A dice game that became popular during the Great War, and is still popular today. Three six sided dice are cast. Of the six sides on each dice, four show the symbols for card suits. The other two show the symbols for a (sling) bullet, and an anchor.
The game is played on a game board divided into two rows of three boxes, one over the other (making six boxes). The upper and lower middle boxes contain the bullet and anchor symbols, respectively. The outer four boxes each show one card suit, black suits on the bottom, red suits on top.
The player places bets in one or more boxes of their choice. The caster then throws the dice. If a die turns up the symbol on which the player has placed the bet, the caster matches the amount(s) bet for one matching die (2:1), doubles it for two matching die (3:1), or triples it if all three dice come up the same (4:1), but gets to keep the bets sitting on squares no dice matched. Aboard ship, and in the military, the dice then pass to the next player, who becomes the caster. In casinos and taverns, the caster is usually an employee of the house. The dice do not pass.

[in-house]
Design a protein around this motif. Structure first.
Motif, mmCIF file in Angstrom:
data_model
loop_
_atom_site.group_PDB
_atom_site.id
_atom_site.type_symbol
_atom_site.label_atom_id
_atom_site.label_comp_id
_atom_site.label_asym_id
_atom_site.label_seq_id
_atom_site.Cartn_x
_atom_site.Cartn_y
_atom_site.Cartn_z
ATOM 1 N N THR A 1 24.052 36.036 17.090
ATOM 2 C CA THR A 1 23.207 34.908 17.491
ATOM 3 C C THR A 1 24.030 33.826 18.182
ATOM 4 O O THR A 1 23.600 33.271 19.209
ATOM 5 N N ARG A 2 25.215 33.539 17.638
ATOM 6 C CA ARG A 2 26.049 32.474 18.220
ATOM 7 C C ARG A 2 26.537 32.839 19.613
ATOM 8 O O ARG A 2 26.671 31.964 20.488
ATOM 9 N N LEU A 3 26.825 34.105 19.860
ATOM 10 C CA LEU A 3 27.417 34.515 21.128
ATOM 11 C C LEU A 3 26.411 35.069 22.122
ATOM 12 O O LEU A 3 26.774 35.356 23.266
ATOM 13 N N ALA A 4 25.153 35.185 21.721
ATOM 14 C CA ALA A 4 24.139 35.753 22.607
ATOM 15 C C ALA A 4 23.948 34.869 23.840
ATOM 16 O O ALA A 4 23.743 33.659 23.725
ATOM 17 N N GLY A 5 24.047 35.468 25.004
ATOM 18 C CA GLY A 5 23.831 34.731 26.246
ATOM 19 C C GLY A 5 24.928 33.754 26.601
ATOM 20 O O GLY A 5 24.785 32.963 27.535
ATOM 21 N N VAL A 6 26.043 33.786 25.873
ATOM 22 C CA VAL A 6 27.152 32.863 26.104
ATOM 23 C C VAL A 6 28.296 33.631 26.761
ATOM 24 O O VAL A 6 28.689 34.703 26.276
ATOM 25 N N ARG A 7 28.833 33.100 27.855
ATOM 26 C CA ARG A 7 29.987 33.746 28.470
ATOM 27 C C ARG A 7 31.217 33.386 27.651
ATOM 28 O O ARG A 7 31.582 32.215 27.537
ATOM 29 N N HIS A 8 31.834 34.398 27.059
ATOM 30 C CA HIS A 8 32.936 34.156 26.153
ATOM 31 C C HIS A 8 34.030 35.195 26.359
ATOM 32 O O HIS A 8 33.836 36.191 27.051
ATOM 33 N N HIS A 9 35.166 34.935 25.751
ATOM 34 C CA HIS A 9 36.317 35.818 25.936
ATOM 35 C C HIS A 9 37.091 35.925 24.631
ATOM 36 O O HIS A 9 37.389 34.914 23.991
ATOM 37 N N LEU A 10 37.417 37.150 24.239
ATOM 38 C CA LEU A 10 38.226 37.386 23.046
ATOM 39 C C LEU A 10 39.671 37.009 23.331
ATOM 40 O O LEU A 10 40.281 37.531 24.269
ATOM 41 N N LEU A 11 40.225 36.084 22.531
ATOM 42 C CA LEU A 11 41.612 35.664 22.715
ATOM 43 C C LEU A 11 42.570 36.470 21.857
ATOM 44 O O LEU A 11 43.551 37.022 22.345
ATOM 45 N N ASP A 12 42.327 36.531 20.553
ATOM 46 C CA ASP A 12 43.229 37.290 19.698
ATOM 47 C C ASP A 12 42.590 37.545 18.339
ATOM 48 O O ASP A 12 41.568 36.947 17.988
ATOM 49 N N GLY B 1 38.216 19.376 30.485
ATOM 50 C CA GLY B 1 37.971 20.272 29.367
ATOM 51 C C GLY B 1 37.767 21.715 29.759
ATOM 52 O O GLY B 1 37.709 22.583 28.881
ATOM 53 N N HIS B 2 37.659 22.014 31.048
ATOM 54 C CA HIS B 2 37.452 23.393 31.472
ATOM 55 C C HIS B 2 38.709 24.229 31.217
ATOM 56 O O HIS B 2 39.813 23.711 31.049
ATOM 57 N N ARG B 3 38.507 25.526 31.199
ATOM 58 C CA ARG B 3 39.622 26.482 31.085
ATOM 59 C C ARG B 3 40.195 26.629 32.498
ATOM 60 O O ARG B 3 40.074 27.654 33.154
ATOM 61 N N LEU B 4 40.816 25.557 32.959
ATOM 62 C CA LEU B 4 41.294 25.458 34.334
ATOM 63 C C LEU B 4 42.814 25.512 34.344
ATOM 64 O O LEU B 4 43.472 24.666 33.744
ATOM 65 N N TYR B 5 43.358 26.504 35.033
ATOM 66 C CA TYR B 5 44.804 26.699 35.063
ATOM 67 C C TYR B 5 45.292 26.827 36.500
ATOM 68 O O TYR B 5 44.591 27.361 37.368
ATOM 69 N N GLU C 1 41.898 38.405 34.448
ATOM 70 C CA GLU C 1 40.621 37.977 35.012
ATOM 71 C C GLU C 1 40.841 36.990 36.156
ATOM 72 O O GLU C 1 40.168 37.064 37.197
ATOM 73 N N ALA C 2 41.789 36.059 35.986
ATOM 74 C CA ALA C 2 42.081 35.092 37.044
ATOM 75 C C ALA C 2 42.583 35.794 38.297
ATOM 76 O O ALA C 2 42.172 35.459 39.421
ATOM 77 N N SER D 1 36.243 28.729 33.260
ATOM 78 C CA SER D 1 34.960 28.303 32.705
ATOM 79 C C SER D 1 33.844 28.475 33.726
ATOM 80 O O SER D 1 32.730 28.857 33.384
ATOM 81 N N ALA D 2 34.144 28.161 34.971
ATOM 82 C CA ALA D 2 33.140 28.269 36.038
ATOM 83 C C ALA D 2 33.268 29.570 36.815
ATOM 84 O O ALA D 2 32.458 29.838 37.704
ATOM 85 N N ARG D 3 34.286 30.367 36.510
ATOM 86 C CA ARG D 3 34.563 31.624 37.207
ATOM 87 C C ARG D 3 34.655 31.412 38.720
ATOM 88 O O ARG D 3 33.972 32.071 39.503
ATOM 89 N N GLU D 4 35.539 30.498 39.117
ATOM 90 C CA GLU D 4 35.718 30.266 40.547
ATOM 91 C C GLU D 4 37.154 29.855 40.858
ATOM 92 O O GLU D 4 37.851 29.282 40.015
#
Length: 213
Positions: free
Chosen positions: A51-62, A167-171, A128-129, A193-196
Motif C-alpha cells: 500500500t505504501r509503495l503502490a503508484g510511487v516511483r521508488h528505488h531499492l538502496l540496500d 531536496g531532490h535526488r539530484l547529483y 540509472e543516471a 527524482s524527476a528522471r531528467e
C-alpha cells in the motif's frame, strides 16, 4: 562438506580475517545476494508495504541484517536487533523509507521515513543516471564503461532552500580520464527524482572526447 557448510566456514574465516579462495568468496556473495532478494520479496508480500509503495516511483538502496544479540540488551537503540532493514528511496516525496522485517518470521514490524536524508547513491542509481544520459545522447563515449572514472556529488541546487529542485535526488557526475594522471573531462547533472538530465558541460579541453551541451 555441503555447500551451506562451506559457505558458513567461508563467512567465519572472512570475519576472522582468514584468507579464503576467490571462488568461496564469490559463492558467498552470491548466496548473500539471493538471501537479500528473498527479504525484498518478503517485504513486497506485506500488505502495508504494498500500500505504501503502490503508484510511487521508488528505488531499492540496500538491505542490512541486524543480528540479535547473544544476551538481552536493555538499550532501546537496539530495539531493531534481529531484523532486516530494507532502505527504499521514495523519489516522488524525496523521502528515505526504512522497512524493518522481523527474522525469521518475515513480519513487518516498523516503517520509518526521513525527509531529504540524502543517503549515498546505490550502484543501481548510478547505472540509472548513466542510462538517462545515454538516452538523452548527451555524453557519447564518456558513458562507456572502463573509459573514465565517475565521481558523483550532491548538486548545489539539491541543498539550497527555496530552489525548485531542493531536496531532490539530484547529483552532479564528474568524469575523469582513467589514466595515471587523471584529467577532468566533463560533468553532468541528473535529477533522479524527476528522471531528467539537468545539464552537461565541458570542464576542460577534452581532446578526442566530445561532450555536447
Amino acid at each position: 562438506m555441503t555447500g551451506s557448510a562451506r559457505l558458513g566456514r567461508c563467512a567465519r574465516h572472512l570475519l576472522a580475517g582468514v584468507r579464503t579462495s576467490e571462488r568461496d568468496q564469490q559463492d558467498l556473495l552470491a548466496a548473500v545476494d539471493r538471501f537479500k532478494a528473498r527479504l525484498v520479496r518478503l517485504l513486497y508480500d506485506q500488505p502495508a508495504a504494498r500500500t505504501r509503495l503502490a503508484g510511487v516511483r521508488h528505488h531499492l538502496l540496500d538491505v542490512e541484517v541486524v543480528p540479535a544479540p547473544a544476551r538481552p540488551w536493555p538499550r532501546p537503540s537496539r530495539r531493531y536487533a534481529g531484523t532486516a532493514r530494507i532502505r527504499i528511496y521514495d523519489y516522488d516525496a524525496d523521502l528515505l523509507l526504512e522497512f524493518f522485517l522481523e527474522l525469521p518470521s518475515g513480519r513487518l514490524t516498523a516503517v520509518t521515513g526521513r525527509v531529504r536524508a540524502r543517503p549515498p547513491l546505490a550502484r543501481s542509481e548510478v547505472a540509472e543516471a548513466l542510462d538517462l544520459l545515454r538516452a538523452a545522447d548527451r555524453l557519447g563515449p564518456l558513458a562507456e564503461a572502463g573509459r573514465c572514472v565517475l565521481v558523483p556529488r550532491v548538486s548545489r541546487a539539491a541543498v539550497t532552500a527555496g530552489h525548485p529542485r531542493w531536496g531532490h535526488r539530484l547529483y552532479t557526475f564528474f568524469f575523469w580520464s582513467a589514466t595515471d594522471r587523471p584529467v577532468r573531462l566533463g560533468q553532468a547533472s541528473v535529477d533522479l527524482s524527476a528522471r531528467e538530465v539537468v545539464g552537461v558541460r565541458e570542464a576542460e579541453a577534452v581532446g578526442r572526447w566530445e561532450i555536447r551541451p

(For the curious: Players typically win back 93% of their money; the house ends up taking 7%.)